• Be understanding. Someone with mental illness may cancel plans at the last minute. You may arrive at their house to find it messy and them unclean. Don’t take it personally, let them know that you understand and ask if there is anyway that you can help.
  • Be patient. Like any illness, mental illness takes the right treatment, the right support and time for them to start to feel better.
  • Limit questions and time spent with them, if you feel they are exhausted and need to rest. You’ll be able to spot if they need to rest by: pulling on their hair, forgetting what you’ve said to them, being very slow to respond, unable to think of words, dropping of their head, shuffling of feet and other body language people use when they look like they are about to drop off to sleep.
  • Be aware of your own body language and theirs. Try and display open body language and avoid mirroring.
  • Try not to give advice, as often it is unrealistic and unhelpful. For example never advise someone with depression to exercise more or have an healthier diet. This person has probably used all of their energy and motivation to get out of the bed. This single action has left them more exhausted than they have ever felt in their life. So advising them to exercise, eat an healthier diet or make big changes to their life will seem unachievable and may come across as if you are blaming them for their depression.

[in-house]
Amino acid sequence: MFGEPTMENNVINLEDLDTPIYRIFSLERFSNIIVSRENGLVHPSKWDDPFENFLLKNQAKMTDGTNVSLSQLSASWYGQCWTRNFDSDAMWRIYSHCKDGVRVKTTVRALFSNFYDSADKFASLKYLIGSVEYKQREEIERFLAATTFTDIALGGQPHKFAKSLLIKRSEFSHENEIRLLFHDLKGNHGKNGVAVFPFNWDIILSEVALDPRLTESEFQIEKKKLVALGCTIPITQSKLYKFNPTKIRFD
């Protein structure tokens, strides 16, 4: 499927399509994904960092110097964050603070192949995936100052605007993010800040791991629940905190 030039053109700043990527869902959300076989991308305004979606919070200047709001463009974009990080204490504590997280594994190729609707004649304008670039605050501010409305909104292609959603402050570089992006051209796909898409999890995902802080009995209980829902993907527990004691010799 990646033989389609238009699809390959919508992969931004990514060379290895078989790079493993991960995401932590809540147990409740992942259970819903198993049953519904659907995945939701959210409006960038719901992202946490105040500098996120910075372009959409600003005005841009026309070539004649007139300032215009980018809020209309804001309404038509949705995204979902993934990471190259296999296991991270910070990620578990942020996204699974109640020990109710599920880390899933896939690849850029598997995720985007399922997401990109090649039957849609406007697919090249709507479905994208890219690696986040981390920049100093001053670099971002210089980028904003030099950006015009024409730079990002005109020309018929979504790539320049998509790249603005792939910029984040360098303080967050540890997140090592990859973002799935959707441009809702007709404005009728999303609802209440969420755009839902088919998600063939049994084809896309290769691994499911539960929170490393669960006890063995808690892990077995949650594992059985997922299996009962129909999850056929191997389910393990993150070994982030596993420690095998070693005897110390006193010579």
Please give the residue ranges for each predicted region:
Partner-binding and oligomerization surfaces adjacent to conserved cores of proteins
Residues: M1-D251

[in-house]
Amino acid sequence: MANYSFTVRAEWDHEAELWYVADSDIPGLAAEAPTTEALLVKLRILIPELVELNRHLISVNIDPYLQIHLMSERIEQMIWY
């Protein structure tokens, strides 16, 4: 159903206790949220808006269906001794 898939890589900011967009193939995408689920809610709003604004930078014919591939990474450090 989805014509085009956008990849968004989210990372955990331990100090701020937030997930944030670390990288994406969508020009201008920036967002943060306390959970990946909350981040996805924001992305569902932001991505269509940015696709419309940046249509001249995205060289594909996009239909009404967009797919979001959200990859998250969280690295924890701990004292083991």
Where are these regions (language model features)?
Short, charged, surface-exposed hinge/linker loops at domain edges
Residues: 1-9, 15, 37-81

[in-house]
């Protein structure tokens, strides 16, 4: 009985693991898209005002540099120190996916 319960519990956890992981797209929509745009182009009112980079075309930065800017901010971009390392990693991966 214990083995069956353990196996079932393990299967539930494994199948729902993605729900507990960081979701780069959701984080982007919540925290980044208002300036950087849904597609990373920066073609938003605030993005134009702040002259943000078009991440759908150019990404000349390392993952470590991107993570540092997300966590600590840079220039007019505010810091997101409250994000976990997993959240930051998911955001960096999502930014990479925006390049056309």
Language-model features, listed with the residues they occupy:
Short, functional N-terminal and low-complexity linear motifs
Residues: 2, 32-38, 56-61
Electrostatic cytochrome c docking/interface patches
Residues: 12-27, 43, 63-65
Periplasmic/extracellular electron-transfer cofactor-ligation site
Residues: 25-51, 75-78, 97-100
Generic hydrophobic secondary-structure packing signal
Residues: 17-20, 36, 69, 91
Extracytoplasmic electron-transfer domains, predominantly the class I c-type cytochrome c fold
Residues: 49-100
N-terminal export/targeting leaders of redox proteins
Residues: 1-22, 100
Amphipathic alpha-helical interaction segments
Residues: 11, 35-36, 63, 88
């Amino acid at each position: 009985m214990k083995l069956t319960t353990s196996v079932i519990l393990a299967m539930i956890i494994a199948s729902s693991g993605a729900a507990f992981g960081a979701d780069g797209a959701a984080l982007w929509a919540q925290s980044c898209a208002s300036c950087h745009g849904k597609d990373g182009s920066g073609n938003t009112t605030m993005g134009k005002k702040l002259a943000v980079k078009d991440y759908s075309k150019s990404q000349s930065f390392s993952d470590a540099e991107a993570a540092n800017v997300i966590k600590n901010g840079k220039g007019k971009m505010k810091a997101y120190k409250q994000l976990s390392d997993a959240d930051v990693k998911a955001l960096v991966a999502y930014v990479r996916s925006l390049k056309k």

• Sign-post them to useful resources. Such as: NHS Choices, Time to Change, Mental Health Foundation, Mind, SANE, Anxiety UK and Bipolar UK.

This blog post is part of a series that focuses on mental health. Other posts in the series include: Mental Health Focus: Treatment & Recovery, Mental Health Focus: A List of Common Conditions and Mental Health Focus: 5 Brilliant TED Talks About Mental Health.

You can read about my experiences of mental illness here: Life Hiatus – My Mental Health In-Patient Admission and Diagnosis of a ‘Mood Disorder’, My Health Woes: Clinical Depression, Dental Abscesses, The Lump and The Emergency Surgery, Finally…in Recovery and getting Back to Life and Mental Health Focus: I’ve Been One of the 1 in 4.

Take care,

Antony

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A List of Qualities in Good Friends

By Friends & Family, ThinkingNo Comments

Here is a list of Qualities I require in my friends. To me friends with these qualities are good friends and ones to treasure:

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A List of Qualities in Good Friends.

Blog soon,

Antony

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A List of Qualities in People that INSPIRE Me

By Inspiration, Life, ThinkingNo Comments

According to Google inspiration is defined as:

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Google’s Definition of Inspiration